”It’s sensible to place the plants near large markets because of the transport costs, and it also benefits us that the product is considered local, although it has been developed in Finland. Our pigment is a completely new kind of product, and that’s why it always takes time to convince the customers, but those that have chosen our products have stuck with them.”

The goal is to multiply the business

The products of FP-Pigments are already exported to 50–60 countries, and in addition to own plants they are manufactured under licence in Japan. The most important thing in opening up new markets is to find good local agents and distribution channels. The turnover has increased in five years from under one million to 20 million euros.

”We definitely have a positive outlook, and the goal is to multiply the business as quickly as possible; we have the required capacity. In a small company it’s extremely important that there is a strong team that wants to grow, and that’s exactly what we have got. Traditional markets also offer opportunities for new companies, but it takes R&D and sales know-how which generates competitiveness.”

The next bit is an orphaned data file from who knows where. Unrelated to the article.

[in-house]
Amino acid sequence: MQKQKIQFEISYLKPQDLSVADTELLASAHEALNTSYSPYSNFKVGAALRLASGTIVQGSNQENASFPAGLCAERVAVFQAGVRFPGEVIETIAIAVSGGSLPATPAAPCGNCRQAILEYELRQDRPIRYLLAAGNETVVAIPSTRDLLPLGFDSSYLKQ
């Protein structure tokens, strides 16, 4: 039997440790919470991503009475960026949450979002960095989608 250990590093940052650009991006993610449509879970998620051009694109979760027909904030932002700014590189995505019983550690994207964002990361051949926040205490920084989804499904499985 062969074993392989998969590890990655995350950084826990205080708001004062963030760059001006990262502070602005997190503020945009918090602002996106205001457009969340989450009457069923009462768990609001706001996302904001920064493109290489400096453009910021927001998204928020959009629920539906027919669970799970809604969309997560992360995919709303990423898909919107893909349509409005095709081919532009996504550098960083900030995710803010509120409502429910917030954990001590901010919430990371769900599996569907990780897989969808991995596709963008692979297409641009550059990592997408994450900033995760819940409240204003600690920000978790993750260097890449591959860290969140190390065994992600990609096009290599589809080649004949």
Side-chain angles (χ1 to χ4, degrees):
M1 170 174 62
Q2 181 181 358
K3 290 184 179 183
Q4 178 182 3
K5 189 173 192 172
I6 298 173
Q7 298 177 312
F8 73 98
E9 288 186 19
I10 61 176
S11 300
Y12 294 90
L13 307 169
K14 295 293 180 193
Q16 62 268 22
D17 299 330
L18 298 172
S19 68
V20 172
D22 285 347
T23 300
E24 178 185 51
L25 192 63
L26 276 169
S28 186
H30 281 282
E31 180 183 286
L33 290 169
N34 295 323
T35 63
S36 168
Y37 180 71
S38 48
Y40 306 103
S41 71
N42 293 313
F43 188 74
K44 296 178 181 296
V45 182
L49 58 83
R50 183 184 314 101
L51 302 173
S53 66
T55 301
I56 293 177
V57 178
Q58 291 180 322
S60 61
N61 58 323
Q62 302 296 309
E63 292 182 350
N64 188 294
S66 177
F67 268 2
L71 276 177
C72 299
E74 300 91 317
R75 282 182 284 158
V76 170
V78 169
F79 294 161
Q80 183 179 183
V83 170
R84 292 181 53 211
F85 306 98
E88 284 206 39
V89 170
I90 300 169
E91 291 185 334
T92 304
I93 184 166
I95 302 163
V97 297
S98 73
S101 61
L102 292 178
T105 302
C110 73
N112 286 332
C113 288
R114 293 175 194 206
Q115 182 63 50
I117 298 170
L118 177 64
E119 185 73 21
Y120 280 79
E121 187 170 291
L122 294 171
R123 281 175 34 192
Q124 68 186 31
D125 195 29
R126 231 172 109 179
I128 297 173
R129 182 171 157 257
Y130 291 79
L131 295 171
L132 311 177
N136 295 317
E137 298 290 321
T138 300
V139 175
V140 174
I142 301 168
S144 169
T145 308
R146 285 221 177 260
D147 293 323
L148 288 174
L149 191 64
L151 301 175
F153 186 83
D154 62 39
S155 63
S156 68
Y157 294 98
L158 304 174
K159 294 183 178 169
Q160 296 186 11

In addition to opacity pigments, FP-Pigments develops new products, such as pigments intended for use as oxygen, fat and moisture barriers in food packages. They are ecological products that improve, for instance, the preserving of food. The key qualities of the operations are efficiency and ecological aspects, so the products are manufactured in closed processes that generate no emissions.

”Our carbon footprint is about 75% smaller compared to titanium dioxide”, Mr Blomquist says.

New friends from international operations

Markus Blomquist considers his job very interesting, and it has added and international aspect to the life of the whole family. His wife has also worked abroad, except for the time spent in Norway when the two oldest children were born. Markus Blomquist worked in Norway for three years. During that time he also had projects in the United States, and the family followed him there. In the early years of his career, Mr Blomquist worked in Switzerland and Germany.

”We found new friends in all those places and we still keep in touch. In Norway, I had a shared sailing boat with my colleagues, and I couldn’t imagine life without international contacts.”

It’s understandable, because he lived in Germany as a child and started his school there. That gave him good language proficiency, although he knew no German when he went to school.

Enchanted by classic boats